Monday, August 10, 2015

Analyst prediction come true: large enterprise with no CIO

For many years there have been predictions that with changing technology and business landscape, the CIO role will disappear. Triggers were real and imaginary – evolving or disruptive technology, shift in organization dynamics as a result of external environmental and economic factors – everyone loved to bash up the CIO and predicated extinction of the role. The hypothesis became a favorite topic of discussion in every CIO and technology conference; CIOs attempted to defend themselves and then decided to ignore the doomsayers.

The existence of the role can be traced to the turn of the century which demonstrates its recent nature. The first CIOs evolved from engineering and technology foundation which became a perceived disadvantage for many since they lacked the social skills and finesse of other longer tenured CXOs. This did not deter some who with their excellence created business outcomes that the industry recognized; they became the stars which others wanted to emulate; after all who does not want to be successful and showered with adulation ?

Fast forward to current times, yet another buzz and hype has analysts talking about why the CIO should move on to becoming the Chief Digital Officer or become extinct. Micro-specializing the role to a technology or trend seems to be the avenue to create a scare; forgetting the current complexity and nature of the beast being managed to keep the business chugging along, growing the company with stable and mature IT systems acquired over a period of time. CIOs have taken this in their stride by hiring experts from the outside.

Finding greener pastures in lateral moves, some CIOs decided to branch off into Human Resources, Supply Chain, Operations, Corporate Social Responsibility, at times as dual responsibilities. There has also been a handful who made it to the big corner office as the CEO of not just IT companies, but even large enterprises where they had spent time as CIO. The surprise however has been that CIOs from the first batch now crossing over the half way mark – age of 50+ sounds a bit old – beginning to seek an alternative calling in life.
·        I want to be a Coach ! I love interacting with people and helping them be successful; the training that I acquired over the years has prepared me to be a certified Coach & Mentor.
·        I would love to help startups to achieve their growth with better products that someone will buy; most of them have struggled to create a connect with enterprise use cases.
·        My life went by in a whirlwind; I want to catch up with my life and family before it is too late. I want to enjoy my life pursuing my passions for which I had no time in my work life.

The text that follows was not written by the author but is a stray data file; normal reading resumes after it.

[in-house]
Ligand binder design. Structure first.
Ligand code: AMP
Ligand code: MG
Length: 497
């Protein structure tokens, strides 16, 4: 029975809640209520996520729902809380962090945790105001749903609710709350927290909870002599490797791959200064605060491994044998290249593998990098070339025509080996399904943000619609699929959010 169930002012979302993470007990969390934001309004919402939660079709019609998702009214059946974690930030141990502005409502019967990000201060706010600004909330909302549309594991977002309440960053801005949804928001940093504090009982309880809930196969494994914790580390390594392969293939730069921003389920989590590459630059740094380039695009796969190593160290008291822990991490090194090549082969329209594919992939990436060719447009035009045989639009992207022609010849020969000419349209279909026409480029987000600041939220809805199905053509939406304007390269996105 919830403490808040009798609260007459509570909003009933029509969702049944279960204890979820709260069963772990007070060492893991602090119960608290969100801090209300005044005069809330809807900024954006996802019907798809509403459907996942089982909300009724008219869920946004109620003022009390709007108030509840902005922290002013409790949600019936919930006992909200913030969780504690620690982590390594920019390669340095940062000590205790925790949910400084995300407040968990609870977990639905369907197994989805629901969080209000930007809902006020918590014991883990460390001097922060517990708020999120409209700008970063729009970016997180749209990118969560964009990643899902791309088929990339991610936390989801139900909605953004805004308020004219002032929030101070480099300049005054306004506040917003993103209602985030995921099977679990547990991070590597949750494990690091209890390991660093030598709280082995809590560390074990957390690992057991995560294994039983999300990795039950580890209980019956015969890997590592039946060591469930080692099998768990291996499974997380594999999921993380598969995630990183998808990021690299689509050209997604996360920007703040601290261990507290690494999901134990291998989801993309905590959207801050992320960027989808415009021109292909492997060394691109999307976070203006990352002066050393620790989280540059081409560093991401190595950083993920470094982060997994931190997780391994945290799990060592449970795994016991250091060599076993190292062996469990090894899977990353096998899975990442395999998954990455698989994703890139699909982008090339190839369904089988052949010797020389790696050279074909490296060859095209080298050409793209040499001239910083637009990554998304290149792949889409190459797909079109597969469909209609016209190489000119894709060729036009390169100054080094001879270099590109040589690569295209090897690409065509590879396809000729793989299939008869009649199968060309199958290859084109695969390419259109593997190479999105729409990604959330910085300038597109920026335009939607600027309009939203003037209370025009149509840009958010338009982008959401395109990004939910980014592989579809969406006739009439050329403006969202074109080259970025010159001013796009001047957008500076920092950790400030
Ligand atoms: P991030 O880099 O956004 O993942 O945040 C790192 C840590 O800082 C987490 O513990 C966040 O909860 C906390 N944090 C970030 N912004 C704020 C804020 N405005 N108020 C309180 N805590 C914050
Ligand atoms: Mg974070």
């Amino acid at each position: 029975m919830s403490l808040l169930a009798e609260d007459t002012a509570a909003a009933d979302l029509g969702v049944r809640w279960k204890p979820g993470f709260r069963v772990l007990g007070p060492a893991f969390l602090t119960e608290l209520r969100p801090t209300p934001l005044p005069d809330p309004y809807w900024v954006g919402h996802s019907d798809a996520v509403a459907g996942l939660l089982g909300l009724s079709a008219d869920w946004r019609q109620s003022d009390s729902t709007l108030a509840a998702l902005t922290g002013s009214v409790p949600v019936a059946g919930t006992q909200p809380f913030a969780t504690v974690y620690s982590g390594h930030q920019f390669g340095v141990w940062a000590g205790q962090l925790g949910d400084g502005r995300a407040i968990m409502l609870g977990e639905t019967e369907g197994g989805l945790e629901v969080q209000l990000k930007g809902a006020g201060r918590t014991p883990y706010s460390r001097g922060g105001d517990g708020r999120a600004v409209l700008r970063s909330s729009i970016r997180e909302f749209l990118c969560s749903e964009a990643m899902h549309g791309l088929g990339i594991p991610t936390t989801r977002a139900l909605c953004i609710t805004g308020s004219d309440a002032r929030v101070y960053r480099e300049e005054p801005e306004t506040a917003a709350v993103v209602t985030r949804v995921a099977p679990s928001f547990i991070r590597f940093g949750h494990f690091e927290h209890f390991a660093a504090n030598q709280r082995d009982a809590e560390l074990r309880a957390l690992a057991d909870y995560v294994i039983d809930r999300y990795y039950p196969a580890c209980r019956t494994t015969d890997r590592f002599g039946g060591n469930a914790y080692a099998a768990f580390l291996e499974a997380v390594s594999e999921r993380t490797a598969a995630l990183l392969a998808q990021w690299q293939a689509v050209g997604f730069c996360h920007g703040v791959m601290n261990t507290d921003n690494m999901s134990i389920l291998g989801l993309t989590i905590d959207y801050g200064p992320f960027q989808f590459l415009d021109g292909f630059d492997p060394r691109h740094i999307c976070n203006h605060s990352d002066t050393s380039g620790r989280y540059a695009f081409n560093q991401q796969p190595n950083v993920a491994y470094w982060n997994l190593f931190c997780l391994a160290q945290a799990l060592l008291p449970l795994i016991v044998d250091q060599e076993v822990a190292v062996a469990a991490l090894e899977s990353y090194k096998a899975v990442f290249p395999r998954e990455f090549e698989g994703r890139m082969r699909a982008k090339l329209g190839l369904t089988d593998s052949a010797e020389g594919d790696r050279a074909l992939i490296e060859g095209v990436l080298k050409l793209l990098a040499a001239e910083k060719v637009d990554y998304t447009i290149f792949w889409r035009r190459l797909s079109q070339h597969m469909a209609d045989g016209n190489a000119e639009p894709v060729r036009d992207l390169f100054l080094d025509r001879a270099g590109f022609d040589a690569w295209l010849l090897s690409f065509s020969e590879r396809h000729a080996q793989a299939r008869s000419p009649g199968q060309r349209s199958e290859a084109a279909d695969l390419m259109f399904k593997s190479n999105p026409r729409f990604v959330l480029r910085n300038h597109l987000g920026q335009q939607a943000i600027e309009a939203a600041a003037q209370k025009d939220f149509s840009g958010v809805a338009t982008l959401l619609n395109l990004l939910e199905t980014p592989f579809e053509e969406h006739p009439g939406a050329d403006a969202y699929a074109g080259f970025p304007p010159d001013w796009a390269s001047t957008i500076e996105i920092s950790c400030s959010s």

·        Having been a CIO for more than 25-30 years, I have been working in automatic mode; the challenges of the role are no longer enough to stimulate me. I want to do something different.
Many of my peers from the industry were getting restless and wanted to get off the treadmill. The lure of fame, power, money, stock options, was not enough to keep them interested in their mundane and at times frustrating roles. Their self-actualization needs were getting starved and for most it was a matter of time or a trigger that made them take the plunge. In almost every case, the first reactions from the industry was: OMG ! What happened ? Did something go wrong ? Why did he leave without any options ?

They had set a good teams in place, working in harmony aligned to optimized processes that ensured minimal disruption with their departure. Everything continued to work as before though in a few company’s new initiatives and discussions around technology led disruption fell silent. The wheels of the enterprise continued to move on their own until the momentum began to slow down in the absence of the energy that the CIO brought to the table. Many companies decided to continue the journey while leaving the position vacant.

What will be the short and long-term impact of this decision ? None of the analysts, academicians, or the opinionated have ever attempted to answer this question. If the CIO has thought it through, s/he would have prepared the next line to scale up to fill the void; that limits the impact to short-term. Enterprises with checkered history of IT use and adoption have attempted to park the role with another CXO with a view that leadership in IT is unimportant. This is where I believe the adverse effects will be felt for a long time. 

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